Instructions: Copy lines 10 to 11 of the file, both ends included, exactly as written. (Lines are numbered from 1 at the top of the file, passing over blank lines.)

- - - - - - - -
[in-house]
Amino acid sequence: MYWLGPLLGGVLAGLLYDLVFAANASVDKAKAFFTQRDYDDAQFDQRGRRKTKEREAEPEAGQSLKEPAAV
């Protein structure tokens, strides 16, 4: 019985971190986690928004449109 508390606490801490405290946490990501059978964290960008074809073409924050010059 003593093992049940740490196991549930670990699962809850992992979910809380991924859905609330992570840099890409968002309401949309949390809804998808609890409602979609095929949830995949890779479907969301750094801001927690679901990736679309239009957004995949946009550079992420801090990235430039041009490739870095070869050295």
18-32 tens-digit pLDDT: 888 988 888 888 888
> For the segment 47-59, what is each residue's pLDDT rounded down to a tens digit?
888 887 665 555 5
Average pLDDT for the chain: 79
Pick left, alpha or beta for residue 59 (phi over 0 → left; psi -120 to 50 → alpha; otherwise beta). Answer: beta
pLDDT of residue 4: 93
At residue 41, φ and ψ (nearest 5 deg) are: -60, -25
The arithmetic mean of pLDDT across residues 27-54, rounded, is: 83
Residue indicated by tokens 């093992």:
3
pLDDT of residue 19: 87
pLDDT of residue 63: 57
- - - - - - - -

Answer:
At residue 41, φ and ψ (nearest 5 deg) are: -60, -25
The arithmetic mean of pLDDT across residues 27-54, rounded, is: 83